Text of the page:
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Electric Avenue – A history of Scalextric

Electricity is becoming the main power source for new road vehicles, but it also provided the start for many motoring enthusiasts through the power of Scalextric.

Developed in the late 1950s, Scalextric provided the entry to car ownership for many children across the world where it taught the most important skills including throttle control, patience, maintenance and finesse.

Invented by engineer B. Fred Francis using an electric motor installed inside Scalex tin cars, which were in turn produced by Minimodels Ltd. The first Scalextric set was made in 1956 in England and unveiled a year later at the Harrogate Toy Fair, it was targeted at children although adults also were attracted to the product due to the speed, competition and the models initially produced based on Formula 1 cars.

Ownership transferred to Lines Brothers in 1958 before being changing to Rovex and later merging into Hornby Hobbies of which Scalextric continues to be part of its range to this day.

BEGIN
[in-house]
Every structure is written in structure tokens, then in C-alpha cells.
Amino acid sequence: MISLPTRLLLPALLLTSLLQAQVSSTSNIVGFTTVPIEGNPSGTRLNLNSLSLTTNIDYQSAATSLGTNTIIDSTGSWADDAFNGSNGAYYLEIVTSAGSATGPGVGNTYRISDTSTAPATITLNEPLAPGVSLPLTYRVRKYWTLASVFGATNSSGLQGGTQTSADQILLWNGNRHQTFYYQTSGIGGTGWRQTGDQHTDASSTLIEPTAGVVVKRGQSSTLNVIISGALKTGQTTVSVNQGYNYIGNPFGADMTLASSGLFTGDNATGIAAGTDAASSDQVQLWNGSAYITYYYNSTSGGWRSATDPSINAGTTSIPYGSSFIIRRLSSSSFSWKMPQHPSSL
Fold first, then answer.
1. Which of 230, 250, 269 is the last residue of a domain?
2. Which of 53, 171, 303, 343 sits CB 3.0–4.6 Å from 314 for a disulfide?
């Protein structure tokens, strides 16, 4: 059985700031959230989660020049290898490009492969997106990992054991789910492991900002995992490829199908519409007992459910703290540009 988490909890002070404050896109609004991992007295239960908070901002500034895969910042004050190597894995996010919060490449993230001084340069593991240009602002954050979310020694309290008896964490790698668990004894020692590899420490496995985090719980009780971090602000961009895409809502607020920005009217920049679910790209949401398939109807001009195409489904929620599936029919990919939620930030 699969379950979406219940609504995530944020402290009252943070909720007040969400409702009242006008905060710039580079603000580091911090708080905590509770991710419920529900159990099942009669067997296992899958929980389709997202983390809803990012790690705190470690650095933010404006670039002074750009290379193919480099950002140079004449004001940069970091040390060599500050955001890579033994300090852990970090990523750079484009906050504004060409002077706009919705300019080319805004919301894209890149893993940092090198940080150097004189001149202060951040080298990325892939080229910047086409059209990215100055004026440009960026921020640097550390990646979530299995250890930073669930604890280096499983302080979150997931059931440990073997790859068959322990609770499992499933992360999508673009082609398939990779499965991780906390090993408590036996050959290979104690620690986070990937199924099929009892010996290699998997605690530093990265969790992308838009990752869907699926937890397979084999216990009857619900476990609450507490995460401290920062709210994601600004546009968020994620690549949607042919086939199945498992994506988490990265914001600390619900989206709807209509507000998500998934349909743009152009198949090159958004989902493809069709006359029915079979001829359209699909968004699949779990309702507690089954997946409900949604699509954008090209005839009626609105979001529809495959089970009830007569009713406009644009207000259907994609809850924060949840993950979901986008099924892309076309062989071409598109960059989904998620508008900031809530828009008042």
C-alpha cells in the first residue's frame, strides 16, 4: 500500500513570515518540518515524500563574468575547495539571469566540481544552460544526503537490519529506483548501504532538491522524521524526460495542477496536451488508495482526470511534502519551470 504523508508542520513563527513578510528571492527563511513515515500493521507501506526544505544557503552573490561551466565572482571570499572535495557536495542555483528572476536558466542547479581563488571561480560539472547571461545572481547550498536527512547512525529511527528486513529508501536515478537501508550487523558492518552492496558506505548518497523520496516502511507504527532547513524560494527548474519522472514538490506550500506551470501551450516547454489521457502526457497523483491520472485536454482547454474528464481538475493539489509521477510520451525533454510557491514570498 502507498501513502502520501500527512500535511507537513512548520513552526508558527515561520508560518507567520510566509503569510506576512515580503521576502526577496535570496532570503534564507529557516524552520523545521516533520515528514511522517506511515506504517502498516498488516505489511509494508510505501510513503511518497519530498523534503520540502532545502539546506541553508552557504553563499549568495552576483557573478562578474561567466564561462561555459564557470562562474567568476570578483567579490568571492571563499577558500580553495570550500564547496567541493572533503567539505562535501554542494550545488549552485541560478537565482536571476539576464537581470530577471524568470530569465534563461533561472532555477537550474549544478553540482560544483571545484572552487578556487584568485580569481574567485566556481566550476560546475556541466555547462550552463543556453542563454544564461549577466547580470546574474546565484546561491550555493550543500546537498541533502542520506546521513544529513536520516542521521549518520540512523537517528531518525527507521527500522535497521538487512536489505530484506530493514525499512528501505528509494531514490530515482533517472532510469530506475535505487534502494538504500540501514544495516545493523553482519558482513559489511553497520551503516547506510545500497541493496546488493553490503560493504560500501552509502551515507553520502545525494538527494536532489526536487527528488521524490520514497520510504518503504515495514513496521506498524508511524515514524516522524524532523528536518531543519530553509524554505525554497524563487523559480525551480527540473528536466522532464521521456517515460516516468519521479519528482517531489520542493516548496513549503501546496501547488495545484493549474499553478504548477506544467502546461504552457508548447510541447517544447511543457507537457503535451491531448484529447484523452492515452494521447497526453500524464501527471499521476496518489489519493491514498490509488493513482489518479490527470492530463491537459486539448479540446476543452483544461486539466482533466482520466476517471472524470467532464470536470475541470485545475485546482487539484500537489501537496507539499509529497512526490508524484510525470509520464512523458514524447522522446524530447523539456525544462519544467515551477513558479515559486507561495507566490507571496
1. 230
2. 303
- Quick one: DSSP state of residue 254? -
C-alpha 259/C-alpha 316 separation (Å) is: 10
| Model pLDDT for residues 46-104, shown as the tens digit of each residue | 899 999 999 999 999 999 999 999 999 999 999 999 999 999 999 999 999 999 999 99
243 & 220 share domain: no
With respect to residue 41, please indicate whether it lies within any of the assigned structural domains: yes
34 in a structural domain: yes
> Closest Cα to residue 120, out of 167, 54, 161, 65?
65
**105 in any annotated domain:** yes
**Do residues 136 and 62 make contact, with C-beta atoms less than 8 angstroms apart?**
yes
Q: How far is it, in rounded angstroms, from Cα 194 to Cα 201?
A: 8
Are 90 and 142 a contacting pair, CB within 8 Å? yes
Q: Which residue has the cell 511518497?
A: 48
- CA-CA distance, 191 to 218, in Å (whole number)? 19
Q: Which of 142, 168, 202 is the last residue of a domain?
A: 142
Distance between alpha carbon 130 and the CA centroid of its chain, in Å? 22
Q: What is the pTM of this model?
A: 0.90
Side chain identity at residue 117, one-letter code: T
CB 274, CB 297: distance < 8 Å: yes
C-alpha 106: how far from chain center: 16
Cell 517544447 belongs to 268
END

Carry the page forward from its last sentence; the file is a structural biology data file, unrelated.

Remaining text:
In 1960, plastic bodies replaced the original tinplate examples at a scale of 1/32 and the premise of the product has remained the same throughout.

Cars have become quicker, circuits more reliable and simpler to put together, while just like in real motor racing tyre technology in addition to further set-up options ensure Scalextric remains fresh for future generations.

Pushing the limits of Scalextric, Top Gear host James May for his Toy Stories documentary series built a Scalextric circuit around the original Brooklands layout in 2009. It took 350 volunteers to build and race around the 2.75 mile (4.43km) navigating through various obstacles including offices, drains, housing estates and lakes. This effort broke the previous Guinness World Record for longest Scalextric track.

Of course, Scalextric has recently started recreating some of Australia’s great touring cars including Ian ‘Pete’ Geoghegan’s 1965 Total Ford Mustang, a variety of Peter Brock’s Holdens and Allan Moffat’s Fords, the 2020 Repco Bathurst 1000 winning Holden ZB Commodore, Bob Jane’s Chevrolet Camaro ZL-1, Norm Beechey’s Neptune Racing Mustang and many more.

Competitions for Scalextric exist across Australia and travelling sets attend various events including car meets each year.

But most importantly Scalextric continues to introduce motoring to a new generation.